But there’s another reason that invasive images fail to explain the science. In 1994, the immunologist Polly Matzinger introduced an immune system model in which our antibodies don’t respond solely as a matter of defence. They respond, in her view, because antigen-presenting (dendritic) cells stimulate immunologic responses. Although the immune system remains defensive in this view, Matzinger’s argument shifted the debate ever so slightly from levels of self-preservation to information-presentation – from excluding outsiders to understanding them.

The idea was radical in immunologic science, but mundane in anthropology. Countless anthropological arguments saying much the same thing about self, awareness of ‘the other’ had been around for more than a century (and obvious to other cultures for millennia), but the assault on self-preservation through extroverted risk finally entered bench science with Matzinger, appearing not only as ‘new’, but in a form familiar enough to bench scientists to sound plausible.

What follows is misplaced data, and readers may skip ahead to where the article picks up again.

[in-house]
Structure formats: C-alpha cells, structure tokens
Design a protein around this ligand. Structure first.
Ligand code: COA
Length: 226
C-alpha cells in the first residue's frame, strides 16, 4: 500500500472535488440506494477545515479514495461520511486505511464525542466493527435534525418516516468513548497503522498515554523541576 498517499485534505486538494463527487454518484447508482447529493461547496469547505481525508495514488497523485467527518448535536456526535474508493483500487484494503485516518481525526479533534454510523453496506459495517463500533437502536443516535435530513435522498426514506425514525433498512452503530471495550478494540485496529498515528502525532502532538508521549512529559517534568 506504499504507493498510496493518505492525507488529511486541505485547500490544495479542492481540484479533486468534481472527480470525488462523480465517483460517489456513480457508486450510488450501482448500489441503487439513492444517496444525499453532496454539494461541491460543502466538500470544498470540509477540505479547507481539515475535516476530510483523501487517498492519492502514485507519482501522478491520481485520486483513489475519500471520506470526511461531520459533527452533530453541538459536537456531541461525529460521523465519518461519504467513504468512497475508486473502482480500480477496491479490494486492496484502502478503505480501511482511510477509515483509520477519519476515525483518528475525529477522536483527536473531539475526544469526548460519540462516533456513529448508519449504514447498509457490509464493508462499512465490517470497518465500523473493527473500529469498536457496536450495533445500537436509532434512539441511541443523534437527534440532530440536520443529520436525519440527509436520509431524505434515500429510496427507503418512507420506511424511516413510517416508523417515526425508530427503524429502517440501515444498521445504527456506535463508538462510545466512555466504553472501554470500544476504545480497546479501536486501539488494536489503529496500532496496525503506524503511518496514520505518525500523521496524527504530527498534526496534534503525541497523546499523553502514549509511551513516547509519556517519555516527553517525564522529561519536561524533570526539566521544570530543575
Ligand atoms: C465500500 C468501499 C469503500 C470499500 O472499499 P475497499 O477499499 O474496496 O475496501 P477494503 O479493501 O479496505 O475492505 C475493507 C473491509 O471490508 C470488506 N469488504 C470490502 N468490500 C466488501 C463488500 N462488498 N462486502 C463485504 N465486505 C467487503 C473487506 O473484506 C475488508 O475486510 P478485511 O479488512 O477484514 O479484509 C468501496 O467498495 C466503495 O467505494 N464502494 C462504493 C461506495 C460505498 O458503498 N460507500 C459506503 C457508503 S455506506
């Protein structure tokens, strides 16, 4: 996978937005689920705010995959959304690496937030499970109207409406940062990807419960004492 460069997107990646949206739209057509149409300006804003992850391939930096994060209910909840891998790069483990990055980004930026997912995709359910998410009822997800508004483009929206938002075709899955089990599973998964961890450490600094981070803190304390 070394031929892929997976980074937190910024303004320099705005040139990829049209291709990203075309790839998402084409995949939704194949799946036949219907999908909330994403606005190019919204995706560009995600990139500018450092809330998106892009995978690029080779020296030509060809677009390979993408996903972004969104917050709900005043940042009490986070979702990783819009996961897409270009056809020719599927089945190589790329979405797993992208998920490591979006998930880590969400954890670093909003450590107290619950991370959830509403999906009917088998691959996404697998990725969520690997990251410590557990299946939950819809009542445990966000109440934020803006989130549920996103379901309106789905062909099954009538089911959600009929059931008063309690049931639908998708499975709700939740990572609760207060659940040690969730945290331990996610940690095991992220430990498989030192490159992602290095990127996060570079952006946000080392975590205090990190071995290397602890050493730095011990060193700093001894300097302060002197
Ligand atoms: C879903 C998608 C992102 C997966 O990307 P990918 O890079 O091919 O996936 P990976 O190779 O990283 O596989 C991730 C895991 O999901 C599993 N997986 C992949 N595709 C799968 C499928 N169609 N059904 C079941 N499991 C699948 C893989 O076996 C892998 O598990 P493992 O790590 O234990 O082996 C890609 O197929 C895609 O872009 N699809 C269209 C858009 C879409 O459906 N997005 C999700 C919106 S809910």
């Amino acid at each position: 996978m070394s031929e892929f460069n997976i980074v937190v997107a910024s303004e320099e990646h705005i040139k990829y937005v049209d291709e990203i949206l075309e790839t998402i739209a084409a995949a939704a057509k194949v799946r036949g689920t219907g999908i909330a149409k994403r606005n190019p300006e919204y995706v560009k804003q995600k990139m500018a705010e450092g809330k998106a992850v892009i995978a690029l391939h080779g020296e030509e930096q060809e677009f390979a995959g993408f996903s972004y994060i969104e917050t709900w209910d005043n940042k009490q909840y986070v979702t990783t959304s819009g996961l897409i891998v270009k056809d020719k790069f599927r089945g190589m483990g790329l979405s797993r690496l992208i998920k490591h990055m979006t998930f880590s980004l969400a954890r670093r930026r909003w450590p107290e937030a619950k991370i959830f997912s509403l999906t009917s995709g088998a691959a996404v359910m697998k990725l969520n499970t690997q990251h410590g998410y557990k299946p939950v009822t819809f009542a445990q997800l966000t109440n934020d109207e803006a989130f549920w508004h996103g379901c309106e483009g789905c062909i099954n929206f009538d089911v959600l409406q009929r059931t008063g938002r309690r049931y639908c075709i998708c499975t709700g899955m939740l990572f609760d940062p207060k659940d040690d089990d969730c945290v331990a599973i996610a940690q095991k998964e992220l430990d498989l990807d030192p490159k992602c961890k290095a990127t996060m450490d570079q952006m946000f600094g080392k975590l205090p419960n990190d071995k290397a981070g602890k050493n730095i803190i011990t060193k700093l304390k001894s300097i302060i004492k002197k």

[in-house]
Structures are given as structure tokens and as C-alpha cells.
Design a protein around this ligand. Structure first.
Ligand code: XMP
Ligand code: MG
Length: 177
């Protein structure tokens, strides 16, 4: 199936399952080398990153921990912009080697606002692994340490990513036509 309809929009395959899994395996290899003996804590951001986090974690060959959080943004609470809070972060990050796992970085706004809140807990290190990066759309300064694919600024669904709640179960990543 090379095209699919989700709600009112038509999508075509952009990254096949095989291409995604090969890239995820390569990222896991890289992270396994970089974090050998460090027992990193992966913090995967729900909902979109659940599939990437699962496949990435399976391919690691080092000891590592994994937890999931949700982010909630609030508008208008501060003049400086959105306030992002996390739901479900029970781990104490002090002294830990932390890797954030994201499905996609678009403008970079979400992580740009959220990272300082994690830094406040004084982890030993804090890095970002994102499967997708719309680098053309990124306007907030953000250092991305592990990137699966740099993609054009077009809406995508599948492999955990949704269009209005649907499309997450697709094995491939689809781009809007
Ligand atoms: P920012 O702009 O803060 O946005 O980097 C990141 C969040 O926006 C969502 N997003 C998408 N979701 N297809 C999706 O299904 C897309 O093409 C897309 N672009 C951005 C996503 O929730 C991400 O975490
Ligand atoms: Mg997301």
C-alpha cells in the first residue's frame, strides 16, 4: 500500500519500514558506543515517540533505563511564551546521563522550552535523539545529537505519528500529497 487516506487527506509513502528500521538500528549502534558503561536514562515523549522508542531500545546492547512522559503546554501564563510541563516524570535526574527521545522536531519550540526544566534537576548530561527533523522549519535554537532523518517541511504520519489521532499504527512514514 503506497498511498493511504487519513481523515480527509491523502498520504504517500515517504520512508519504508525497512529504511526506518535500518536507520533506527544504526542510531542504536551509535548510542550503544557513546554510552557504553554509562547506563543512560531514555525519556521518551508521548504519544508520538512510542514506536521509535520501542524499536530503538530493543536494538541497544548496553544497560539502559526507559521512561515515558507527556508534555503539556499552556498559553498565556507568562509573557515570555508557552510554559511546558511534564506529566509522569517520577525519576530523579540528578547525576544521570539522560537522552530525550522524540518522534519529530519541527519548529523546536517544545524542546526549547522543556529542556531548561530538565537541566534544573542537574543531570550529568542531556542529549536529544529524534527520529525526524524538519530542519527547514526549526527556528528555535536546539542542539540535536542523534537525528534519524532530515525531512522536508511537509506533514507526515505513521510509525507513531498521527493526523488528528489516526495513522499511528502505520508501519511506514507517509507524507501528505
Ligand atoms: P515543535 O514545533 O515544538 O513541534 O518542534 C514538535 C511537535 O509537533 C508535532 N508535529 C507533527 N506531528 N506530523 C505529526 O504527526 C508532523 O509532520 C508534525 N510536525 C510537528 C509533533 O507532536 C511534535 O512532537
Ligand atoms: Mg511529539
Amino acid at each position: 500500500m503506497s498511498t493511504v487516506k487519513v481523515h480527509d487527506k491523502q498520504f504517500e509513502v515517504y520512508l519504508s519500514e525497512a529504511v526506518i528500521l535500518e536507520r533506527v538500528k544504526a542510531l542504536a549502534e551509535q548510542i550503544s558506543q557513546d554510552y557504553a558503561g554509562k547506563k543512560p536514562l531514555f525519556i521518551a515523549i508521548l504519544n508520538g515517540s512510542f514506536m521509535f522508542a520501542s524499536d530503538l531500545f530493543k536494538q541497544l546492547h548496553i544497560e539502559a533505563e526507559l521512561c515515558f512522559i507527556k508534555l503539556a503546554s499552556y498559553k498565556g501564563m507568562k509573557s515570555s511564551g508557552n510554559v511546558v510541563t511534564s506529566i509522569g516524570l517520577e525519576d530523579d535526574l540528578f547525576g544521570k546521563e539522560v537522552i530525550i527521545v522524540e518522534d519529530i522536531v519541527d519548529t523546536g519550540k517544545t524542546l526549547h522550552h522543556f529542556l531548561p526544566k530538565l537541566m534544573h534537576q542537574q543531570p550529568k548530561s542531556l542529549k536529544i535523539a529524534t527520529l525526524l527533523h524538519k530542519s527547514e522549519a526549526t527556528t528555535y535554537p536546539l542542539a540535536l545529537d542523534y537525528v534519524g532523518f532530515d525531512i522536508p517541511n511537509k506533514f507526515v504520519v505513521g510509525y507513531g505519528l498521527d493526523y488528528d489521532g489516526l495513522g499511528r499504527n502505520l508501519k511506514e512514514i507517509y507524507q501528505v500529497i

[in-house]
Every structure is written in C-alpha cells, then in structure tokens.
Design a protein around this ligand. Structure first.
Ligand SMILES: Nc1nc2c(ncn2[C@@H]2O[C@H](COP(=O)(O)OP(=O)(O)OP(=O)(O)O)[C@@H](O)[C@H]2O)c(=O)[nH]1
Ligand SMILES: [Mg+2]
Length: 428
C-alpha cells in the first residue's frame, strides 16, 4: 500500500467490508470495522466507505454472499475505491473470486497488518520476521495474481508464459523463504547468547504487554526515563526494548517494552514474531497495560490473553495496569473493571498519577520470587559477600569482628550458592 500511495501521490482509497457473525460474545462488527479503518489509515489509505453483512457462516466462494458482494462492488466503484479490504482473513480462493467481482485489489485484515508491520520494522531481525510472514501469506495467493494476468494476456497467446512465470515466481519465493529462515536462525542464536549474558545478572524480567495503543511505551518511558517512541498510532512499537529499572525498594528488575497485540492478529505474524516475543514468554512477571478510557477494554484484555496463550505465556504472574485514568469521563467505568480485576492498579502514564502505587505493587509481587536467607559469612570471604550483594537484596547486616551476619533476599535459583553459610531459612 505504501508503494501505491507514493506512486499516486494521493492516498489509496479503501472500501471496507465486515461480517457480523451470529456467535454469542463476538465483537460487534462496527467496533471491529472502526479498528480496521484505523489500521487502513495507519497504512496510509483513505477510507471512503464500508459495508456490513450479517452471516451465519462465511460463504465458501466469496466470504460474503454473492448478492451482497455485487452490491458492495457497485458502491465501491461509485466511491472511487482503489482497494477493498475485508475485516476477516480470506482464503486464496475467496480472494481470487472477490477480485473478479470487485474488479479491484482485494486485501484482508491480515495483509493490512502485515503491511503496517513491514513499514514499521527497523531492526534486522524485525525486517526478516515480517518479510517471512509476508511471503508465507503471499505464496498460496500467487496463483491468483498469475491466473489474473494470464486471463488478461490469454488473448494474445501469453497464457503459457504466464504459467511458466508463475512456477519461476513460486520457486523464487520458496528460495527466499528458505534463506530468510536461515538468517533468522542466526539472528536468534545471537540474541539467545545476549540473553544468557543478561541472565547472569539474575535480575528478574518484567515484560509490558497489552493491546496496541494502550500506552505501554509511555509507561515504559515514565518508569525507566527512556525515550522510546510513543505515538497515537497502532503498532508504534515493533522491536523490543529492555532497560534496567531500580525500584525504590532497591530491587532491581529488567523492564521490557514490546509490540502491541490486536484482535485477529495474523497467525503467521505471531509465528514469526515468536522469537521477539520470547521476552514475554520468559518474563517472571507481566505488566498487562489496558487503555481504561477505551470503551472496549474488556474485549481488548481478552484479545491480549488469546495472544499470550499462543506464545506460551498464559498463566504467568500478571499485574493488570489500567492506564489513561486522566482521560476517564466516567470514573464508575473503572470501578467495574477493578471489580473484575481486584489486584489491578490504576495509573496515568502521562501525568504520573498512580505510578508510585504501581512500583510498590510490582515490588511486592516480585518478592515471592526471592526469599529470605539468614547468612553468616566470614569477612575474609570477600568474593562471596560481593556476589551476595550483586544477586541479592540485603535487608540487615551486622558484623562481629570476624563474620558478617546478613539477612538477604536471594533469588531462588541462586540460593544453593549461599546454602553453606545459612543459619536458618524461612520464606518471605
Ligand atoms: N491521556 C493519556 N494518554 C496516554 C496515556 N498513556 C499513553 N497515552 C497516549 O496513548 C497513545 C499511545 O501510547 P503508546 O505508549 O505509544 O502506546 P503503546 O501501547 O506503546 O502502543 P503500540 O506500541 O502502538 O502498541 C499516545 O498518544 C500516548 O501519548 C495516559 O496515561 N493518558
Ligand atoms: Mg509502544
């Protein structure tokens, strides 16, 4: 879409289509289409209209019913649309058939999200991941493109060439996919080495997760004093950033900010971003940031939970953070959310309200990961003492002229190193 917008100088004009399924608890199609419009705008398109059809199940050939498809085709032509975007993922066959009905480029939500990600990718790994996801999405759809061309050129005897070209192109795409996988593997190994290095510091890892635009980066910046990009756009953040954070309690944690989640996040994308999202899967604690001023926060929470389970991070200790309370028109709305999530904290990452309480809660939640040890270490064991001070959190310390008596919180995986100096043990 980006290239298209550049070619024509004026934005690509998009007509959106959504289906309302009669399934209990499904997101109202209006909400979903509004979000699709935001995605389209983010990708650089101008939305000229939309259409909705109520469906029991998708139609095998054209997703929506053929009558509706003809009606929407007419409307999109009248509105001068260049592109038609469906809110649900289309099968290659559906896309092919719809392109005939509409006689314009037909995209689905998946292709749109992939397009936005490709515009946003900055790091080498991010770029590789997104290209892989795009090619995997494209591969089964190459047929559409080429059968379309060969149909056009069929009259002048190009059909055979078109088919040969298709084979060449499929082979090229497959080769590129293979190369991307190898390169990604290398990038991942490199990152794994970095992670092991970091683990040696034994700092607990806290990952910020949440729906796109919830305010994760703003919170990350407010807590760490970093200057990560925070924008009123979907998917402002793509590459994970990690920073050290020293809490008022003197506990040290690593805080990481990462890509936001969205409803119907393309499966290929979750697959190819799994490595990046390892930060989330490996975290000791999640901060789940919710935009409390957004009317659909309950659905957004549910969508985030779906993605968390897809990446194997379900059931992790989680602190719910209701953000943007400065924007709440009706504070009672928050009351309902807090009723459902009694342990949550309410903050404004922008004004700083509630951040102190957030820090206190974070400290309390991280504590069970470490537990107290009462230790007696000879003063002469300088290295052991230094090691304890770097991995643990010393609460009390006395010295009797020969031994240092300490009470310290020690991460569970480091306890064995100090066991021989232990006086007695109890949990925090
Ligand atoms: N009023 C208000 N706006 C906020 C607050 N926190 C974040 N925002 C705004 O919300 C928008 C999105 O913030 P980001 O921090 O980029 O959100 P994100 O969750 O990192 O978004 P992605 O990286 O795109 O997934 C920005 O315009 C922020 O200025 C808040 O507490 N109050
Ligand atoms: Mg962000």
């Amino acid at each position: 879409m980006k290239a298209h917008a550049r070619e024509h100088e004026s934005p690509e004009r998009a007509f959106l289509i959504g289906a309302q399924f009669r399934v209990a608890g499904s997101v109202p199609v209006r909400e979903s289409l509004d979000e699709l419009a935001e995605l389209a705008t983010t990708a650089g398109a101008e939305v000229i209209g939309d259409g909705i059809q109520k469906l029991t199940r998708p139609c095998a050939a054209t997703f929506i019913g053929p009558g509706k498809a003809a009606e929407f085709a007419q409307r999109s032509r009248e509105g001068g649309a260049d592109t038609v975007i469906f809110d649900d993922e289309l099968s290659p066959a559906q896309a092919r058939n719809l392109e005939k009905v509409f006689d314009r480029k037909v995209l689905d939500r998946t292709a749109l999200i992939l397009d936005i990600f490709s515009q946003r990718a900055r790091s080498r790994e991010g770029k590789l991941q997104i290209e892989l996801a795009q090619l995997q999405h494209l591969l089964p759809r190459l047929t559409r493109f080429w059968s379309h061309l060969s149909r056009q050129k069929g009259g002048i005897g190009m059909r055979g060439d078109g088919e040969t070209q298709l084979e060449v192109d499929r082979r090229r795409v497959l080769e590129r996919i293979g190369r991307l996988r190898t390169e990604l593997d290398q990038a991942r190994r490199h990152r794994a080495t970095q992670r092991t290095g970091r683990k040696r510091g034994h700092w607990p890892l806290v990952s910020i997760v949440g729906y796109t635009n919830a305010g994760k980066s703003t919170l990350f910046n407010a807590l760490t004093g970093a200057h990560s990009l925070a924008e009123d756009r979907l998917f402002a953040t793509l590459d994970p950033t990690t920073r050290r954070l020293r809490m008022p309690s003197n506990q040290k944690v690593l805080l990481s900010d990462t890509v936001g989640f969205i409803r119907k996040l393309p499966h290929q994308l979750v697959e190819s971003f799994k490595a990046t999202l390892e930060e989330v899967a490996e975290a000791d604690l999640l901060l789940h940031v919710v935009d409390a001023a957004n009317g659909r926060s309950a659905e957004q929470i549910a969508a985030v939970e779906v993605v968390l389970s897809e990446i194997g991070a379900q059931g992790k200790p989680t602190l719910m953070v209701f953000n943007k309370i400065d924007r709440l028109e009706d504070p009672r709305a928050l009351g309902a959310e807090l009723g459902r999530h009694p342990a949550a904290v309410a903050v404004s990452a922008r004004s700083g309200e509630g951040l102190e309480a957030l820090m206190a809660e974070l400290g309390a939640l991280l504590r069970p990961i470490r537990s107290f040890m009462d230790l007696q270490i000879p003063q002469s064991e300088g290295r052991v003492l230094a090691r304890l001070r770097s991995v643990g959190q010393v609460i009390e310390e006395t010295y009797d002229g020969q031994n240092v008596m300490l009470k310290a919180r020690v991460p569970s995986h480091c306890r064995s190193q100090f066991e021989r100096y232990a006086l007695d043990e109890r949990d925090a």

The immune system is your biological intelligence. It needs the ‘infection’ of foreign bodies to help you survive

Now, if belatedly, immunology was poised to question both Darwinian preservation and selfishness in one go, as well as its own otherwise unexamined assumptions about the social and biological exclusion of ‘nonself’. Matzinger’s idea got traction, its shift from defence to curiosity calling attention to the immune system’s role in assessing the unknown (as opposed to shunning the outside).